Home > Court, Courts, Upper Moreland > Davisville Road Resident Sentenced for Manslaughter

Davisville Road Resident Sentenced for Manslaughter

By Keith Phucas
The Public Spirit

Thomas Craig Bellezza

An Upper Moreland man jealous of his ex-girlfriend’s new friend was sentenced to prison Friday for fatally beating the boyfriend with a baseball bat outside the woman’s home last year.

Thomas Craig Bellezza, 51, of Davisville Road, pleaded guilty in Montgomery County Court in December to involuntary manslaughter, terroristic threats and possessing an instrument of crime in connection with the death of 53-year-old Robert “Rusty” Masten on Feb. 9, 2010.

Before sentencing, Bellezza’s defense lawyer, A. Charles Peruto Jr., asked Judge William J. Furber Jr. to consider the fact that Masten first wielded the wooden bat that snowy night before his client wrestled it away from him and delivered the deadly blow.

“We have to ask, if not for the bat, we might not be here,” Perutto said. “The bat changed everything.”

But after after considering the case and a report on Bellezza’s background, Furber reasoned that the defendant’s decision to use the victim’s bat as a weapon was a grave mistake.

“This is a tragedy,” the judge said. “But when one analyzes it, it is one that could have been avoided.”

Furber sentenced Bellezza to a total of 51 months to 12 years behind bars for the three counts. The case was prosecuted by Assistant District Attorneys Rebecca Strubel and John Walko.

Masten’s sisters, Deborah McDonald and Lenore Sellman, and a niece, Tara Nash, read victim impact statements at the sentencing hearing Friday afternoon.

Nash, a nurse who works in Abington Memorial Hospital’s emergency department, said her uncle sustained multiple skull fractures during the violent assault.

“This was a horrible way to die,” she said.

According to prosecutors, Bellezza drove to his former girlfriend Denise DeMino’s Horsham home that night and after confronting Masten outside, beat him with the bat.

According to one witness, the defendant struck the victim while he was on the ground with a “wood chopping” overhead blow.

When police arrived at the scene, Bellezza told them, “I took the bat from him and hit him” and told police the problem between him and Masten “was over a girl,” according to the criminal complaint. Bellezza had blood on his jacket, pants, shoes and hands and a bat lay on the ground near the bleeding man.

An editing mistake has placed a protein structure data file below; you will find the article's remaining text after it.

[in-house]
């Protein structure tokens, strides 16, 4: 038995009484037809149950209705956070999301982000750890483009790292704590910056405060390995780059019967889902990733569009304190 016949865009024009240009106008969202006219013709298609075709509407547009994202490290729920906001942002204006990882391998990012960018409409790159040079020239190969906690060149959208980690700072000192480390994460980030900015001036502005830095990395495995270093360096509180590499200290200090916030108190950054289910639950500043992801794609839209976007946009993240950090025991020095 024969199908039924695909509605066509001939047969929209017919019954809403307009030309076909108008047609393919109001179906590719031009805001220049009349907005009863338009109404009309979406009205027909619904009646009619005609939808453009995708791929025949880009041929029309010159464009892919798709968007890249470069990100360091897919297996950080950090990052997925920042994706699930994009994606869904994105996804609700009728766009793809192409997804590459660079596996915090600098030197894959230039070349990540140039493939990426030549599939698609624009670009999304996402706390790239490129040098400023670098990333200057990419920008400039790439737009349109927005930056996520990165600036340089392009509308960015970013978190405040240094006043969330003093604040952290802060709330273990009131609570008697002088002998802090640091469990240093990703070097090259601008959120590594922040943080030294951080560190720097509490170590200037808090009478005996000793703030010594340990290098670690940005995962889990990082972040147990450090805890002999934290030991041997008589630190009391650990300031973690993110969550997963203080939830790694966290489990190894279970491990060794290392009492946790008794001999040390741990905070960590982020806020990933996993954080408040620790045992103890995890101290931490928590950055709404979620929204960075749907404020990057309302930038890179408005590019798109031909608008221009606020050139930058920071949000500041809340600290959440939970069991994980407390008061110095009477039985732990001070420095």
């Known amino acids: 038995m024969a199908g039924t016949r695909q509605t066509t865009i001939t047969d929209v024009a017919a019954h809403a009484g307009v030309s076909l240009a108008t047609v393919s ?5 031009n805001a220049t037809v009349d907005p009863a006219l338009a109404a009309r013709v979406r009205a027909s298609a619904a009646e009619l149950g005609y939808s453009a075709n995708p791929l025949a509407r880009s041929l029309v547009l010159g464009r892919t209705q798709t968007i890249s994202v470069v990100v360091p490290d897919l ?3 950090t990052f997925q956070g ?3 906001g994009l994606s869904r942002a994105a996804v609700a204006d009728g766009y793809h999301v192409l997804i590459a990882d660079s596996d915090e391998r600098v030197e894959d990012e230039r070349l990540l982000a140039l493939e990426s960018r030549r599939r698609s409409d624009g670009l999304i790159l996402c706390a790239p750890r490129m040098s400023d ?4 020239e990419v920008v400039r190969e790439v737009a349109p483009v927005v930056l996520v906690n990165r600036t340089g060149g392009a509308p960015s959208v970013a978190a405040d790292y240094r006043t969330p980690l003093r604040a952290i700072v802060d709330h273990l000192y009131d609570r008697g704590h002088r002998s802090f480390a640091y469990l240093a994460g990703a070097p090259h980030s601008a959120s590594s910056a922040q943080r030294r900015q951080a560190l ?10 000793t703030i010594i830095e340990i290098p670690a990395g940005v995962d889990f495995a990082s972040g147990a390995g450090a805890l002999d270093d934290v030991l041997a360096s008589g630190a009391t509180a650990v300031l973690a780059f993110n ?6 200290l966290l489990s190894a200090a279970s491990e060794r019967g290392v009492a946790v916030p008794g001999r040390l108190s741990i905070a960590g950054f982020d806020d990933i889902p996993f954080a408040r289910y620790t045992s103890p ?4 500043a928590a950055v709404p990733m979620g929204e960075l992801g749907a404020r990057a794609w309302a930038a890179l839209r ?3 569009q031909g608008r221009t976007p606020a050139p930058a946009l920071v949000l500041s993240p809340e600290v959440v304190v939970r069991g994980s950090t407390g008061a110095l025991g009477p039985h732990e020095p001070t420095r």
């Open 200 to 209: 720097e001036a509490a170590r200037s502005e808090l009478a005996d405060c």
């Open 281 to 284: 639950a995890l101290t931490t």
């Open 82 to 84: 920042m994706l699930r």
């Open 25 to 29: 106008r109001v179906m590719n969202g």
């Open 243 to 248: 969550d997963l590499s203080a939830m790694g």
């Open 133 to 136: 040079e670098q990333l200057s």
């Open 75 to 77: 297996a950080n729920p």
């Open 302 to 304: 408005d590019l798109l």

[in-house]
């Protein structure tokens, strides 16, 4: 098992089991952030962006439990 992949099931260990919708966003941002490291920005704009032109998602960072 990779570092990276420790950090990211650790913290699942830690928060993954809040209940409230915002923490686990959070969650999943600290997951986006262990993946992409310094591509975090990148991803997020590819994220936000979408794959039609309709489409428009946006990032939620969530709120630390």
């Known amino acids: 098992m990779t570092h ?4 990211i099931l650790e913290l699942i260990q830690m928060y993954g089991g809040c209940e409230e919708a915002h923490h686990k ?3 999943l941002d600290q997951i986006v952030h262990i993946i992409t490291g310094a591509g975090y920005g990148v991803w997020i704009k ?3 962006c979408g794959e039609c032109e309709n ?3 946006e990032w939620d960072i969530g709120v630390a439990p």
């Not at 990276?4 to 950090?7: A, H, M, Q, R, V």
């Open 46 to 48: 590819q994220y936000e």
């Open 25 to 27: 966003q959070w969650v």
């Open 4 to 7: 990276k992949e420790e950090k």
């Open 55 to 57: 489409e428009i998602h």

DeMino told authorities that she had been trying to distance herself from Bellezza for about a month and that Bellezza was jealous about her relationship with Masten, who DeMino described as a friend.

At around 5:30 p.m., Masten and DeMino had dinner at her home. During the evening, the woman ignored incoming calls from Bellezza, who left a voice message just before 9 p.m. saying, “Hello, I’m sorry. But I’m finished being disrespected by you. You’re a disrespectful person the way you treated me. And now it’s my turn to disrespect you. And that’s what I’m going to do.”

Later, after Masten spoke on the phone with Bellezza, DeMino asked Masten to leave the house to avoid any trouble. Before leaving, Masten told DeMino he kept a bat in his pickup truck and would defend himself against the former boyfriend, according to court papers.

At 10:16 p.m., Bellezza left a more ominous phone message for DeMino: “Hey Denise. It’s Tom. It’s quarter after 10. It’s snowing. Don’t get too comfortable.”

Bellezza then drove to the MacIntosh Court residence, parked his truck and sat in the vehicle waiting about 10 minutes for Masten to come outside, authorities said. DeMino first became aware of the assault when she heard Bellezza yelling outside her home and called 911.

The defendant told detectives that he believed he was hit by the bat during the struggle with Masten, when they both fell to the ground. Bellezza said he wrestled the bat away from Masten, and the men got back on their feet before he swung the bat at the other man.

However, witnesses claimed Masten was struck while lying on the ground, according to court papers.

Prior to sentencing, Walko argued that the defendant made many bad choices that night. And clubbing the man on the back of head had fatal consequences.

“Of all the choices he made that night, this was the worse,” Walko said.

Republished with the permission of The Public Spirit/Globe Times Chronicle

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